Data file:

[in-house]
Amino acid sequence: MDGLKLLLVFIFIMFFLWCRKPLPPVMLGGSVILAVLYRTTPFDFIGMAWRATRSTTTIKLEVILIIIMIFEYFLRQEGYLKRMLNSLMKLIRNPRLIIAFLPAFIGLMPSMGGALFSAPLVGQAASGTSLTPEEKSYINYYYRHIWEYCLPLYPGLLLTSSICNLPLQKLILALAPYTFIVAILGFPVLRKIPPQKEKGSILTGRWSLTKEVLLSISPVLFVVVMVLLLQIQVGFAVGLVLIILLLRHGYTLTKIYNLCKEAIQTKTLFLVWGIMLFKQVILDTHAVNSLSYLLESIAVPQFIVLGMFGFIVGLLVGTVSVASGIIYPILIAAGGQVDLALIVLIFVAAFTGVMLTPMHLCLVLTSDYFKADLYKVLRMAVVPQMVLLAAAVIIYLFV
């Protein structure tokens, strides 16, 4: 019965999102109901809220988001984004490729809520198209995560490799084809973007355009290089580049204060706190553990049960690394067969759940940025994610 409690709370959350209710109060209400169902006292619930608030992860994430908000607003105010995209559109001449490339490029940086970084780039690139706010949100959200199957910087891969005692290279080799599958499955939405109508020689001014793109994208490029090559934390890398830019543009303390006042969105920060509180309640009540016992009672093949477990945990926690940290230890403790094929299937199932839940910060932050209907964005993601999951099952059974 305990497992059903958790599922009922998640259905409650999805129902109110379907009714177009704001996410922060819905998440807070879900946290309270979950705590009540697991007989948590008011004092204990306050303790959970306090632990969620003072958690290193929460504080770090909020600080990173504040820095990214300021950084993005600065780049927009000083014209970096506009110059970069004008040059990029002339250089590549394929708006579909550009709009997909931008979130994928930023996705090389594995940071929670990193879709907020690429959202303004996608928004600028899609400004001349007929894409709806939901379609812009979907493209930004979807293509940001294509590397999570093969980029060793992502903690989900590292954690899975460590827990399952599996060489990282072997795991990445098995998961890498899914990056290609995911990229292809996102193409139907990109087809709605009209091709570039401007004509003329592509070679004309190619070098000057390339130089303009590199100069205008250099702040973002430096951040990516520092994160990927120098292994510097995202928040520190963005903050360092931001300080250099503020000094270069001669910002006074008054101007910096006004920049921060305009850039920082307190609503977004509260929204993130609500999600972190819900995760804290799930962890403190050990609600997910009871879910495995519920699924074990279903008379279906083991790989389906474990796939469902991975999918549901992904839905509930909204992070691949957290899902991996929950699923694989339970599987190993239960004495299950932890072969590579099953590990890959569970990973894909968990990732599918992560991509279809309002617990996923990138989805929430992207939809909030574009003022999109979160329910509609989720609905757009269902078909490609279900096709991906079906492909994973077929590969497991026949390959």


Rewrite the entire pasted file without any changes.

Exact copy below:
[in-house]
Amino acid sequence: MDGLKLLLVFIFIMFFLWCRKPLPPVMLGGSVILAVLYRTTPFDFIGMAWRATRSTTTIKLEVILIIIMIFEYFLRQEGYLKRMLNSLMKLIRNPRLIIAFLPAFIGLMPSMGGALFSAPLVGQAASGTSLTPEEKSYINYYYRHIWEYCLPLYPGLLLTSSICNLPLQKLILALAPYTFIVAILGFPVLRKIPPQKEKGSILTGRWSLTKEVLLSISPVLFVVVMVLLLQIQVGFAVGLVLIILLLRHGYTLTKIYNLCKEAIQTKTLFLVWGIMLFKQVILDTHAVNSLSYLLESIAVPQFIVLGMFGFIVGLLVGTVSVASGIIYPILIAAGGQVDLALIVLIFVAAFTGVMLTPMHLCLVLTSDYFKADLYKVLRMAVVPQMVLLAAAVIIYLFV
């Protein structure tokens, strides 16, 4: 019965999102109901809220988001984004490729809520198209995560490799084809973007355009290089580049204060706190553990049960690394067969759940940025994610 409690709370959350209710109060209400169902006292619930608030992860994430908000607003105010995209559109001449490339490029940086970084780039690139706010949100959200199957910087891969005692290279080799599958499955939405109508020689001014793109994208490029090559934390890398830019543009303390006042969105920060509180309640009540016992009672093949477990945990926690940290230890403790094929299937199932839940910060932050209907964005993601999951099952059974 305990497992059903958790599922009922998640259905409650999805129902109110379907009714177009704001996410922060819905998440807070879900946290309270979950705590009540697991007989948590008011004092204990306050303790959970306090632990969620003072958690290193929460504080770090909020600080990173504040820095990214300021950084993005600065780049927009000083014209970096506009110059970069004008040059990029002339250089590549394929708006579909550009709009997909931008979130994928930023996705090389594995940071929670990193879709907020690429959202303004996608928004600028899609400004001349007929894409709806939901379609812009979907493209930004979807293509940001294509590397999570093969980029060793992502903690989900590292954690899975460590827990399952599996060489990282072997795991990445098995998961890498899914990056290609995911990229292809996102193409139907990109087809709605009209091709570039401007004509003329592509070679004309190619070098000057390339130089303009590199100069205008250099702040973002430096951040990516520092994160990927120098292994510097995202928040520190963005903050360092931001300080250099503020000094270069001669910002006074008054101007910096006004920049921060305009850039920082307190609503977004509260929204993130609500999600972190819900995760804290799930962890403190050990609600997910009871879910495995519920699924074990279903008379279906083991790989389906474990796939469902991975999918549901992904839905509930909204992070691949957290899902991996929950699923694989339970599987190993239960004495299950932890072969590579099953590990890959569970990973894909968990990732599918992560991509279809309002617990996923990138989805929430992207939809909030574009003022999109979160329910509609989720609905757009269902078909490609279900096709991906079906492909994973077929590969497991026949390959």